Evaluation of Program for Employment Training

The Connecticut Health and Life Sciences Career Initiative (HL-SCI) developed a program to recruit and train veterans and workers who were unemployed, underemployed, or displaced by foreign trade. The program, funded by a Trade Adjustment Assistance Community College and Career Training (TAACCCT) grant from the U.S. Department of Labor’s Employment and Training Administration, aimed to give workers more opportunities to prepare for high-wage, in-demand jobs in the health and life sciences fields.

HL-SCI developed new health and life science certificates and associate’s degree programs and revised previously existing programs. The new and revised programs incorporated several core components, including online and hybrid courses; booster modules; a standardized prior learning assessment system to award students credit for prior noncredit coursework, training, and knowledge; and enhanced job and internship placement services.

CNA Education served as a third-party evaluator for the program, examining the program’s implementation and its effect on student outcomes. The evaluation found that the grant greatly expanded access to HL-SCI programs and increased the availability of academic supports, such as online booster modules that provide supplemental instruction to help students succeed.

Implementation Findings

The implementation component of the evaluation examined opportunities for and barriers to success in the program based on feedback collected through interviews, focus groups, and student surveys. Key findings include:

  • Program enrollment and recruitment: Most students learned about their programs independently, although those who did learn about their programs from faculty or staff members at the college found this input to be very influential in their decision to enroll.
  • Math and science booster modules: Most students who had taken booster modules found them useful because they provided another means of learning course material.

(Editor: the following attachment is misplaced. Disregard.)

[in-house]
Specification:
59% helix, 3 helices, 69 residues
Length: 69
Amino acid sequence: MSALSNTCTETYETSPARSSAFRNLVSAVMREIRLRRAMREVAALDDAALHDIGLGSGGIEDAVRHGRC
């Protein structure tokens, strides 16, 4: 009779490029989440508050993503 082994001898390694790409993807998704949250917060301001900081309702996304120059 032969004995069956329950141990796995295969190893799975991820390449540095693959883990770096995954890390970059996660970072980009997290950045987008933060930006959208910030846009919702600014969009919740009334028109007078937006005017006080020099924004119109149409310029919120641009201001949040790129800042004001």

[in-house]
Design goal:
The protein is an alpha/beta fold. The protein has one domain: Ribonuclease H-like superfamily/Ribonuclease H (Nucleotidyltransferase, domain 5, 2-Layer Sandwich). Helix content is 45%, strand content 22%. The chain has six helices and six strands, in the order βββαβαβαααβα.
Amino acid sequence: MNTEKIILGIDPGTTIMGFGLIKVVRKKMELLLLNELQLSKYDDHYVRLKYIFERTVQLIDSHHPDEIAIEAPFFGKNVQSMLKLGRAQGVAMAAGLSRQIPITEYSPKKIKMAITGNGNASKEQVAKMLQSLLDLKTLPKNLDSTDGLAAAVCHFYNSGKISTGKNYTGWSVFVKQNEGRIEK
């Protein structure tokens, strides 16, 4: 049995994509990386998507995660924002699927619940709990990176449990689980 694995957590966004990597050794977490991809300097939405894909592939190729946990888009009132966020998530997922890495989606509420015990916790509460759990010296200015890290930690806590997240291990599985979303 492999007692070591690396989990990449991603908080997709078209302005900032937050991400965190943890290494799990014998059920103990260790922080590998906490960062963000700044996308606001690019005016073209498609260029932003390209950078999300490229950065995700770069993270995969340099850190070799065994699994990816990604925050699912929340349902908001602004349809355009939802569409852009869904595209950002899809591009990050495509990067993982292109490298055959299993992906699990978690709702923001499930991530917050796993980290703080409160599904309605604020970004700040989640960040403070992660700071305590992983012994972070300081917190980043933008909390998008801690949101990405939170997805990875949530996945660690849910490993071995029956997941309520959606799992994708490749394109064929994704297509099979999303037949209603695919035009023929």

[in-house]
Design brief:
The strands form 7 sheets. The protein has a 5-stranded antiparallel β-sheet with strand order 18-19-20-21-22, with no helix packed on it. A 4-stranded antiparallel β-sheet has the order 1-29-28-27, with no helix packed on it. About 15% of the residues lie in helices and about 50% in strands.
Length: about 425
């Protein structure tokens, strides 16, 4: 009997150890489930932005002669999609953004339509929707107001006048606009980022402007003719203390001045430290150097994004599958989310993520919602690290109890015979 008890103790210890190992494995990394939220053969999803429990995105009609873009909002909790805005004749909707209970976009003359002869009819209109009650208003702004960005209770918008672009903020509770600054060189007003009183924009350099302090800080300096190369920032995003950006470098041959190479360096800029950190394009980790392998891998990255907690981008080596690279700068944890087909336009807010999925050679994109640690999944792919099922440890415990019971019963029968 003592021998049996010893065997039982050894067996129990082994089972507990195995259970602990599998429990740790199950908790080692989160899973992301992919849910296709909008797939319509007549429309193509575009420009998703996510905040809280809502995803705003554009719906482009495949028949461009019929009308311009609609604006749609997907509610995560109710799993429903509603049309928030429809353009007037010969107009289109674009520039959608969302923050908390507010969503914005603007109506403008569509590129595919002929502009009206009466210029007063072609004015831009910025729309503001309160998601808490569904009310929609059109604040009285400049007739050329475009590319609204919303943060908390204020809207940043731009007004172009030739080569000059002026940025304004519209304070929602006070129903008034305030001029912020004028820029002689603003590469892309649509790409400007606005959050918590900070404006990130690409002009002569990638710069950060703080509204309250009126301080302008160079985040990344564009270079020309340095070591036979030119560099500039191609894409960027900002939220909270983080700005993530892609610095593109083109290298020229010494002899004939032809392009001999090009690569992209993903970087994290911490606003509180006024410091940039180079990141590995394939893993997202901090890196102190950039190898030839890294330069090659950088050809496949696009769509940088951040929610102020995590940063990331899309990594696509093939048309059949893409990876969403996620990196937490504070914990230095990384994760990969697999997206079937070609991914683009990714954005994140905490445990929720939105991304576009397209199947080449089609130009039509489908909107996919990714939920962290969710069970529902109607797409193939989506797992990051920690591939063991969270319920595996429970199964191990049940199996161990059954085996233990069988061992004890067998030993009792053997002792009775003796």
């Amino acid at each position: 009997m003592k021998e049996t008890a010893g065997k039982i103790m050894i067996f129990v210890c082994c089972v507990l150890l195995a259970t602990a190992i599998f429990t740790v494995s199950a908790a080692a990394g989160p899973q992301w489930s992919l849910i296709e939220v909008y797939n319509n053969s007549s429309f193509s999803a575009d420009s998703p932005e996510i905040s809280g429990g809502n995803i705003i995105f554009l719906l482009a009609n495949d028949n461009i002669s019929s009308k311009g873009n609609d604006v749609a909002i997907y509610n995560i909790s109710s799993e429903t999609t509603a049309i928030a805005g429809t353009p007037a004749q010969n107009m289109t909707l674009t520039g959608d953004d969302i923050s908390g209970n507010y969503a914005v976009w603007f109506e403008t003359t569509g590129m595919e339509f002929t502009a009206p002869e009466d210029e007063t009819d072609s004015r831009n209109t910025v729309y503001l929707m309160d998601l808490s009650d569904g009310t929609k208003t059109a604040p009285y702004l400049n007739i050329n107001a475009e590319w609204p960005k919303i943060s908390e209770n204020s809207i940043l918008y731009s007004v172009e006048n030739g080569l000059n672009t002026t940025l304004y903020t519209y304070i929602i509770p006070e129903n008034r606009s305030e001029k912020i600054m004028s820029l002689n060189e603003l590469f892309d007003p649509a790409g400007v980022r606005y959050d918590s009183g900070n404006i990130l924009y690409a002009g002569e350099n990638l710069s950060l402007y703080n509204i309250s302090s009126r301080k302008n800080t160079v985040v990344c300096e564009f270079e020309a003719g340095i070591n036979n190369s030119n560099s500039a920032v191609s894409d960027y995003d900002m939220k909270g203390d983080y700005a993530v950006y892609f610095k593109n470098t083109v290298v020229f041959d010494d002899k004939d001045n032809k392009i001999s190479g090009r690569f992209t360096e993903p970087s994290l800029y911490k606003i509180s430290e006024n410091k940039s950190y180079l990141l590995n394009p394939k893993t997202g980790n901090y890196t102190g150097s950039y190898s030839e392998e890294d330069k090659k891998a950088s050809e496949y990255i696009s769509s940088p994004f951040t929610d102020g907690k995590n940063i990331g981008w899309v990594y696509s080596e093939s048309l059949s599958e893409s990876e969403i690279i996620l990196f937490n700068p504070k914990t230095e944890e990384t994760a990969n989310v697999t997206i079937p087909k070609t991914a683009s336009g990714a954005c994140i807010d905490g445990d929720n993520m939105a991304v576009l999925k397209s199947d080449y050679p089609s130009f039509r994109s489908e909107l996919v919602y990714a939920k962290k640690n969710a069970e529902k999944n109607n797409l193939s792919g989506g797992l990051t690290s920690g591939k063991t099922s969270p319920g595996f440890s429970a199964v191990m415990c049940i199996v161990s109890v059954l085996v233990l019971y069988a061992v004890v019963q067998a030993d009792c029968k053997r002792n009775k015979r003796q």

• Online and hybrid courses: Most participants preferred in-person courses to online and hybrid formats, because in-person courses allowed for more interaction between students and professors. Some students appreciated online courses because they were convenient and allowed students to complete content at their own pace.
  • Prior learning assessments (PLA): Most students believed that the PLA process was easy to understand, accorded them the right amount of credit, and enabled them to complete their programs more quickly.
  • Employment and placement services: Students liked that clinical experiences were hands-on and allowed them to apply what they had learned in the classroom. Most students found employment and placement services helpful, although some students expressed the need for additional career guidance.

Student Outcome Findings

CNA Education also explored the impact of the HL-SCI program on student academic outcomes, including college persistence, credential completion, and credit accumulation. The analysis used matching techniques to compare the outcomes of HL-SCI participants with those of participants in the same or similar programs at their colleges prior to the start of the grant. The results indicate that:

  • HL-SCI participants and comparison students performed similarly on all outcomes after one and two years of program participation.
  • HL-SCI participants in science programs completed approximately one to two courses fewer than HL-SCI participants in all programs after two years of program enrollment.
  • HL-SCI participants who received PLA credits were more likely to complete a credential within one or two years than participants without PLA credits.
  • HL-SCI participants who received PLA credits were less likely to persist after the first year than participants without PLA credits.

To read more:

HL-SCI Final Evaluation Report

HL-SCI Report Summary